The hot tub you’ve all probably heard about, and like most of these places, there’s a gym, communal barbecues, and an event room. The real perk is the location: we’re five minutes from the subway and smack in the midst of cultural treasures like the AGO, the TiFF Bell Lightbox, City Halls new and old, and all the theaters.
One of the things I probably don’t mention all that often is that my marvelous well-located building also has a library, complete with a random scattering of books, WiFi that mostly does work, and a TV and faux fireplace that–as far as I can tell–aren’t plugged into anything.
It’s big, spacious, quiet, and frequently empty, and it has a couple of workstations as well as the lounging chairs pictured here. There’s a window along one wall which lets in the light of day. It’s where I go to clear my head when I need to get away from home, cats and distractions, but can’t or don’t want to go all the way out to a coffee shop.
I’m sitting here as I write these words, sifting through projects and priorities for the coming month, with Of Montreal’s Sunlandic Twins playing via a portable Bluetooth speaker and a view of gray and rainy clouds.
I suspect and hope that 2016 is going to be an extraordinary year, filled both with wonders and opportunities. This little bit of quiet, at the stub end of the year, is all about gearing up and getting ready.
photo by Kelly Robson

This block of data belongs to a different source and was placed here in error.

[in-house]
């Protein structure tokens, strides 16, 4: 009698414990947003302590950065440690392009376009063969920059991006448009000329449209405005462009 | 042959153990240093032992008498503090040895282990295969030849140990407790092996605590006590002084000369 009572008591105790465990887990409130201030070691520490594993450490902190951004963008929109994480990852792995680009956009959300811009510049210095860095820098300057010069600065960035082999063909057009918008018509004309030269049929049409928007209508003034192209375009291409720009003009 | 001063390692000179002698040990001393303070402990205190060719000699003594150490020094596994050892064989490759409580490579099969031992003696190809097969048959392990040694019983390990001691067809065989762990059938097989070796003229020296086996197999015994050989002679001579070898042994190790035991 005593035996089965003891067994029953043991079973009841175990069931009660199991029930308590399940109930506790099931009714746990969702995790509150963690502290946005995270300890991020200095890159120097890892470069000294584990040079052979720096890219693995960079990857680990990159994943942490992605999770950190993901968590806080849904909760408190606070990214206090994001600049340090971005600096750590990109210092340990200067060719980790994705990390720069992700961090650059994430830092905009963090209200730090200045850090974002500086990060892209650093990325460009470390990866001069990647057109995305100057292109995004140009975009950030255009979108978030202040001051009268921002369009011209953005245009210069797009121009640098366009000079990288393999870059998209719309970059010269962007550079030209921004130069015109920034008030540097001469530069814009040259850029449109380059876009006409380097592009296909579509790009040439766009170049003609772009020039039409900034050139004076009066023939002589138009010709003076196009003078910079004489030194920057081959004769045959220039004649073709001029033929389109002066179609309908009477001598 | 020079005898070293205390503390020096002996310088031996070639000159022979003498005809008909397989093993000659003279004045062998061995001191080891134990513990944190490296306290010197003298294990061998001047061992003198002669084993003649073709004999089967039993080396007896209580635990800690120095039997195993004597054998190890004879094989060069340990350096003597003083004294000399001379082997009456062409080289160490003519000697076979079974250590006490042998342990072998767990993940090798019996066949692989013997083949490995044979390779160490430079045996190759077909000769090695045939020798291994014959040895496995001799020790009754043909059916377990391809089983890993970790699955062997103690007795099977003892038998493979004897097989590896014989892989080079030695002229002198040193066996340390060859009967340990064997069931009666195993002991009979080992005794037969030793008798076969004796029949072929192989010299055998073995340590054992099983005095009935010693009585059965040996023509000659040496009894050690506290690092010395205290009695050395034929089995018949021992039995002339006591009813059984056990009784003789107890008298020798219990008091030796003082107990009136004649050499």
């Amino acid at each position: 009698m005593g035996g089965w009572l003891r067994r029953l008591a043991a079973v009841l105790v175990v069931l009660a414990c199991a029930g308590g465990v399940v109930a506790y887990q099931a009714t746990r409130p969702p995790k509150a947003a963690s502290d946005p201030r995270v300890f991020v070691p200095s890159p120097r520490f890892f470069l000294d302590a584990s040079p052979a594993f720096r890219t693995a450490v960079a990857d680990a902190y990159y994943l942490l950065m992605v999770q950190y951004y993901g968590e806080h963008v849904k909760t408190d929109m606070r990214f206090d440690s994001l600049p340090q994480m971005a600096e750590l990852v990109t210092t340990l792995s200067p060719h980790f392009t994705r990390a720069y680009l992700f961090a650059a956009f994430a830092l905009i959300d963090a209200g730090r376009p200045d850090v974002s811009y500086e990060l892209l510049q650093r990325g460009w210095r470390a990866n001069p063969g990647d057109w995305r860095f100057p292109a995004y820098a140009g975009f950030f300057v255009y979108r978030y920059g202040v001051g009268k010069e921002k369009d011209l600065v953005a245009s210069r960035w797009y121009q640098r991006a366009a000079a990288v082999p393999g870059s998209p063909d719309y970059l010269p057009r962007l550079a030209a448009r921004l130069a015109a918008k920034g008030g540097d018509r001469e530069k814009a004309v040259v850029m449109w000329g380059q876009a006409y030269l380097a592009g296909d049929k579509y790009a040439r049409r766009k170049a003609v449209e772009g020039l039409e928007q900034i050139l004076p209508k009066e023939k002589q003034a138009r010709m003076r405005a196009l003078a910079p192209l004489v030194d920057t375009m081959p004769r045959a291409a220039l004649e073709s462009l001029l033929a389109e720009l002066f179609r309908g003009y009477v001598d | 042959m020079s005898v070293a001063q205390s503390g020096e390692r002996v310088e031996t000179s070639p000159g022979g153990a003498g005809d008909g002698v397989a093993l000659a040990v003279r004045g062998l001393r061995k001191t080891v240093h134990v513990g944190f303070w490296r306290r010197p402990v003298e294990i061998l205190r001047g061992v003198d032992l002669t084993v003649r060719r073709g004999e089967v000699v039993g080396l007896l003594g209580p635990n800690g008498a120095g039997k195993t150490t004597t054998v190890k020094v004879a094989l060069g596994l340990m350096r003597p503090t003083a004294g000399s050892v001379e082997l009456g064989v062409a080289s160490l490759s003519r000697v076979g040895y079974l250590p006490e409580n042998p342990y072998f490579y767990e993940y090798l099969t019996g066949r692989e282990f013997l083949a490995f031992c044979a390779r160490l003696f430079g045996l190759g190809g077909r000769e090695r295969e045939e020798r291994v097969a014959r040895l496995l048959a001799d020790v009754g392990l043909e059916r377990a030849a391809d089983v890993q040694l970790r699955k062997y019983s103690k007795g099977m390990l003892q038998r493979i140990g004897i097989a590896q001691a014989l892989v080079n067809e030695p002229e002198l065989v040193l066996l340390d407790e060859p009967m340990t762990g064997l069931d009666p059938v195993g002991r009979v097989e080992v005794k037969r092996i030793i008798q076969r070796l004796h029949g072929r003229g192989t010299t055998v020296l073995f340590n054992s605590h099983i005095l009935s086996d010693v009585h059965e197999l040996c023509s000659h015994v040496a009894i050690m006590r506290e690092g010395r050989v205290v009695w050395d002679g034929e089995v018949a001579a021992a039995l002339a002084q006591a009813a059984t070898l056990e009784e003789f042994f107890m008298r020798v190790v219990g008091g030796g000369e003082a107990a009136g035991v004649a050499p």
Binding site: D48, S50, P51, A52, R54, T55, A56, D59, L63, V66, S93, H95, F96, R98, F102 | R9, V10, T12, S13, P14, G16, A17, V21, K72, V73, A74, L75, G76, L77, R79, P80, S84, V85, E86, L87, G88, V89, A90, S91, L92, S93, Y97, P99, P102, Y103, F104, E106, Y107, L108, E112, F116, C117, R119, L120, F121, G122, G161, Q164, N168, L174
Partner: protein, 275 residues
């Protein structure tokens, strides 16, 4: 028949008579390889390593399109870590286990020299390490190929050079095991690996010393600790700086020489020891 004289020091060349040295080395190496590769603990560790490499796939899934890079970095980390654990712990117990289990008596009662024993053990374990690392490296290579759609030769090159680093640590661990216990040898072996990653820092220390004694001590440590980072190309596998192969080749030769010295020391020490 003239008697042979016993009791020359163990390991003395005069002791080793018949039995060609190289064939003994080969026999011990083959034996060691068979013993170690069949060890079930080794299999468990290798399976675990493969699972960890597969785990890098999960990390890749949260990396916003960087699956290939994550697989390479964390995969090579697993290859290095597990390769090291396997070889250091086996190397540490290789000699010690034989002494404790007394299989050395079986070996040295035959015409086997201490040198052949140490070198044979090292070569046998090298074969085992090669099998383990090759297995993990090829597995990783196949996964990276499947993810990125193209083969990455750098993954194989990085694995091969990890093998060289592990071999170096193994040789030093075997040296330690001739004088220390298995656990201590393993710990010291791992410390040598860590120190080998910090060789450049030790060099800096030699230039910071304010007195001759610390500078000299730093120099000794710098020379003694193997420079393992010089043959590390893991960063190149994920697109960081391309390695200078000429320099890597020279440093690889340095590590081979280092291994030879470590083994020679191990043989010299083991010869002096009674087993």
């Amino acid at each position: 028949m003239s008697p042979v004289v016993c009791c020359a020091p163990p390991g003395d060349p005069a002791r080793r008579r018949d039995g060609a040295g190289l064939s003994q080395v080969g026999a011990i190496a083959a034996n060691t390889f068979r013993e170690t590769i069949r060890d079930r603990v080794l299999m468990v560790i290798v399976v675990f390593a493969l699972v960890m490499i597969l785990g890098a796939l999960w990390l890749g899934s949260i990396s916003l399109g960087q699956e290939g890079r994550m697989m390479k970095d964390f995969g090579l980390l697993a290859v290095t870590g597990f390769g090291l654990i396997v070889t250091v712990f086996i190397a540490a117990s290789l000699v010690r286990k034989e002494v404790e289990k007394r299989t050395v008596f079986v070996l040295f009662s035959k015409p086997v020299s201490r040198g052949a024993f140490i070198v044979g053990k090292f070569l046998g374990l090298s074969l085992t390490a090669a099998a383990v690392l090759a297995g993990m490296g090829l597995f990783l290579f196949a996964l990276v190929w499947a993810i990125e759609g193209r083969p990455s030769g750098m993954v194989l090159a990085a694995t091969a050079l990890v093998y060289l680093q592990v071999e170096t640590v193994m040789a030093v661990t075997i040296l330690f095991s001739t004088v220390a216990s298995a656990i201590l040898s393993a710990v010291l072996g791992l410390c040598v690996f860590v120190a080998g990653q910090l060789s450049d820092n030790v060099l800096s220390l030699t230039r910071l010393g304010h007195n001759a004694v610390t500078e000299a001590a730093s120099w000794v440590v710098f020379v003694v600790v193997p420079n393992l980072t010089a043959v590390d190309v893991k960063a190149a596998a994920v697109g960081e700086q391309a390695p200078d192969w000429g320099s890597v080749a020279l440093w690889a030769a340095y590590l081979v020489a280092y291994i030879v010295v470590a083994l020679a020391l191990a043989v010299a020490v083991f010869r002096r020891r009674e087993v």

‘Tis the season when we count up our blessings and our publications, and for me, the big news in 2015 was the publication of A Daughter of No Nation, the second of my Hidden Sea Tales novels and follow-up to Child of a Hidden Sea.
For anyone who is just getting into this series and the world it takes place in, Stormwrack, there are some prequel stories about Gale Feliachild and the damnably handsome Garland Parrish, set when both of them are much younger and, in the latter case, even more innocent. They are available for free on Tor.com, and are entitled:
“Among the Silvering Herd”
“The Ugly Woman of Castello Di Putti,”
and–coming soon!–“The Glass Galago.”
I did have two other stories out in 2015, and by a weird twist of fate they were both part of larger universes, places not created by me. The first was a story called “Rate of Exchange” in S.M. Stirling‘s The Change: Tales of Downfall and Rebirth. The second was my story about Miss Moneypenny, which appeared in License Expired: the Unauthorized James Bond, edited by Madeline Ashby and David Nickle. It’s called “Through Your Eyes Only.”